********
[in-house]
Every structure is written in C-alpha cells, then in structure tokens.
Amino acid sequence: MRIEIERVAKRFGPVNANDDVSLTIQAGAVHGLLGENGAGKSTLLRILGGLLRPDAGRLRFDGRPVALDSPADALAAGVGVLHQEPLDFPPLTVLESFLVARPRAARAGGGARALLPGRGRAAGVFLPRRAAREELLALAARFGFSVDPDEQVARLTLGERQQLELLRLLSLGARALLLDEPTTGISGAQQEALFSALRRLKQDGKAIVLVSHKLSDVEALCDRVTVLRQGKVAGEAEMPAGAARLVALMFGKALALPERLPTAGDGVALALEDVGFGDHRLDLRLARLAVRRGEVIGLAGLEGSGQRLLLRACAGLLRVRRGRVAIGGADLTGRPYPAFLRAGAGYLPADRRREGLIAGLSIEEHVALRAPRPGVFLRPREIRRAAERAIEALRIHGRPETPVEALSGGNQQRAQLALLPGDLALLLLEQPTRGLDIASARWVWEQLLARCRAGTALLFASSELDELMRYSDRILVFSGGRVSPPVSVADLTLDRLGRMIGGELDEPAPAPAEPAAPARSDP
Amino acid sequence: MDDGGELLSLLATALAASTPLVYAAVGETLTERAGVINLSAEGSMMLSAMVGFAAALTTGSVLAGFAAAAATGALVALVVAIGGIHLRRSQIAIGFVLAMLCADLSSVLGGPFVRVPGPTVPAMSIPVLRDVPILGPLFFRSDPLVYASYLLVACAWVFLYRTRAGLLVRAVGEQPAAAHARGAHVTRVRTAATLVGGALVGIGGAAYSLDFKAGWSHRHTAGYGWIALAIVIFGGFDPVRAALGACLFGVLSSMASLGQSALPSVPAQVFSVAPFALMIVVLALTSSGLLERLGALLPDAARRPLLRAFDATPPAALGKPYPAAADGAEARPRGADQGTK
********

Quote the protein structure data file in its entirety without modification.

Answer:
[in-house]
Every structure is written in C-alpha cells, then in structure tokens.
Amino acid sequence: MRIEIERVAKRFGPVNANDDVSLTIQAGAVHGLLGENGAGKSTLLRILGGLLRPDAGRLRFDGRPVALDSPADALAAGVGVLHQEPLDFPPLTVLESFLVARPRAARAGGGARALLPGRGRAAGVFLPRRAAREELLALAARFGFSVDPDEQVARLTLGERQQLELLRLLSLGARALLLDEPTTGISGAQQEALFSALRRLKQDGKAIVLVSHKLSDVEALCDRVTVLRQGKVAGEAEMPAGAARLVALMFGKALALPERLPTAGDGVALALEDVGFGDHRLDLRLARLAVRRGEVIGLAGLEGSGQRLLLRACAGLLRVRRGRVAIGGADLTGRPYPAFLRAGAGYLPADRRREGLIAGLSIEEHVALRAPRPGVFLRPREIRRAAERAIEALRIHGRPETPVEALSGGNQQRAQLALLPGDLALLLLEQPTRGLDIASARWVWEQLLARCRAGTALLFASSELDELMRYSDRILVFSGGRVSPPVSVADLTLDRLGRMIGGELDEPAPAPAEPAAPARSDP
Amino acid sequence: MDDGGELLSLLATALAASTPLVYAAVGETLTERAGVINLSAEGSMMLSAMVGFAAALTTGSVLAGFAAAAATGALVALVVAIGGIHLRRSQIAIGFVLAMLCADLSSVLGGPFVRVPGPTVPAMSIPVLRDVPILGPLFFRSDPLVYASYLLVACAWVFLYRTRAGLLVRAVGEQPAAAHARGAHVTRVRTAATLVGGALVGIGGAAYSLDFKAGWSHRHTAGYGWIALAIVIFGGFDPVRAALGACLFGVLSSMASLGQSALPSVPAQVFSVAPFALMIVVLALTSSGLLERLGALLPDAARRPLLRAFDATPPAALGKPYPAAADGAEARPRGADQGTK